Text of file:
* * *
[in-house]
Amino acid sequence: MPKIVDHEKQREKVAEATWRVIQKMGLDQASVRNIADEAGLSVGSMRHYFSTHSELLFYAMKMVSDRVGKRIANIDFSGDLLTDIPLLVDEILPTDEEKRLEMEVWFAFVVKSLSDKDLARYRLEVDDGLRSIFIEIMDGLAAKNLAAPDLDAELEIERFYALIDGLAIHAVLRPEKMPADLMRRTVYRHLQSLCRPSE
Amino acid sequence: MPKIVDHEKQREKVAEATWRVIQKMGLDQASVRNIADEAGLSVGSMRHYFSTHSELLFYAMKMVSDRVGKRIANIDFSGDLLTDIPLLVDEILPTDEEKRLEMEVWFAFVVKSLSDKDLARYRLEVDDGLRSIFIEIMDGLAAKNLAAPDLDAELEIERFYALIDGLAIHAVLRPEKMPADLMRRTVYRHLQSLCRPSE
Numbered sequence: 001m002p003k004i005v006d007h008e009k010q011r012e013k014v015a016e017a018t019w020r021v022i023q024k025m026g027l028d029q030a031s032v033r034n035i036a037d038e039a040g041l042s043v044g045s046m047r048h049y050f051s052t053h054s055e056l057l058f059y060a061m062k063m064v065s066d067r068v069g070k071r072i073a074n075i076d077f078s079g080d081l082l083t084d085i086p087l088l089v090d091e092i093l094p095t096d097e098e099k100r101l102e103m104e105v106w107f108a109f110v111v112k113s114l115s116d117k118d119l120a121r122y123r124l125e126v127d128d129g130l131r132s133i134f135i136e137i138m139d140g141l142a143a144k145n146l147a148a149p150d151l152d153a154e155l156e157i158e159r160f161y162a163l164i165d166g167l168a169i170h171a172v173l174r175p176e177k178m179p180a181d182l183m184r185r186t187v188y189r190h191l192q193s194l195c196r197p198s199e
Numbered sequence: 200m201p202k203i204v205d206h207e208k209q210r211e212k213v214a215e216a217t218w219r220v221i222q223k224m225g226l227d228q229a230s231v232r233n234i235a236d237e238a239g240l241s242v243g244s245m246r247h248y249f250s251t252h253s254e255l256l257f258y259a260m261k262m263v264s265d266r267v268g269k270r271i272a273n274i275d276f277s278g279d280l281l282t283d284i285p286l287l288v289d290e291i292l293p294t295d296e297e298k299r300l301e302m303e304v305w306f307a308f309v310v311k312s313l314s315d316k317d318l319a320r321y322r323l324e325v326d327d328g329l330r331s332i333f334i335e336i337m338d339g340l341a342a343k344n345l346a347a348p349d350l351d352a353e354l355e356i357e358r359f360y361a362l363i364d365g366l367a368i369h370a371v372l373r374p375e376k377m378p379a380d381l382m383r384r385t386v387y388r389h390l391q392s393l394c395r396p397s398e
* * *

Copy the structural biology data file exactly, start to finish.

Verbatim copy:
[in-house]
Amino acid sequence: MPKIVDHEKQREKVAEATWRVIQKMGLDQASVRNIADEAGLSVGSMRHYFSTHSELLFYAMKMVSDRVGKRIANIDFSGDLLTDIPLLVDEILPTDEEKRLEMEVWFAFVVKSLSDKDLARYRLEVDDGLRSIFIEIMDGLAAKNLAAPDLDAELEIERFYALIDGLAIHAVLRPEKMPADLMRRTVYRHLQSLCRPSE
Amino acid sequence: MPKIVDHEKQREKVAEATWRVIQKMGLDQASVRNIADEAGLSVGSMRHYFSTHSELLFYAMKMVSDRVGKRIANIDFSGDLLTDIPLLVDEILPTDEEKRLEMEVWFAFVVKSLSDKDLARYRLEVDDGLRSIFIEIMDGLAAKNLAAPDLDAELEIERFYALIDGLAIHAVLRPEKMPADLMRRTVYRHLQSLCRPSE
Numbered sequence: 001m002p003k004i005v006d007h008e009k010q011r012e013k014v015a016e017a018t019w020r021v022i023q024k025m026g027l028d029q030a031s032v033r034n035i036a037d038e039a040g041l042s043v044g045s046m047r048h049y050f051s052t053h054s055e056l057l058f059y060a061m062k063m064v065s066d067r068v069g070k071r072i073a074n075i076d077f078s079g080d081l082l083t084d085i086p087l088l089v090d091e092i093l094p095t096d097e098e099k100r101l102e103m104e105v106w107f108a109f110v111v112k113s114l115s116d117k118d119l120a121r122y123r124l125e126v127d128d129g130l131r132s133i134f135i136e137i138m139d140g141l142a143a144k145n146l147a148a149p150d151l152d153a154e155l156e157i158e159r160f161y162a163l164i165d166g167l168a169i170h171a172v173l174r175p176e177k178m179p180a181d182l183m184r185r186t187v188y189r190h191l192q193s194l195c196r197p198s199e
Numbered sequence: 200m201p202k203i204v205d206h207e208k209q210r211e212k213v214a215e216a217t218w219r220v221i222q223k224m225g226l227d228q229a230s231v232r233n234i235a236d237e238a239g240l241s242v243g244s245m246r247h248y249f250s251t252h253s254e255l256l257f258y259a260m261k262m263v264s265d266r267v268g269k270r271i272a273n274i275d276f277s278g279d280l281l282t283d284i285p286l287l288v289d290e291i292l293p294t295d296e297e298k299r300l301e302m303e304v305w306f307a308f309v310v311k312s313l314s315d316k317d318l319a320r321y322r323l324e325v326d327d328g329l330r331s332i333f334i335e336i337m338d339g340l341a342a343k344n345l346a347a348p349d350l351d352a353e354l355e356i357e358r359f360y361a362l363i364d365g366l367a368i369h370a371v372l373r374p375e376k377m378p379a380d381l382m383r384r385t386v387y388r389h390l391q392s393l394c395r396p397s398e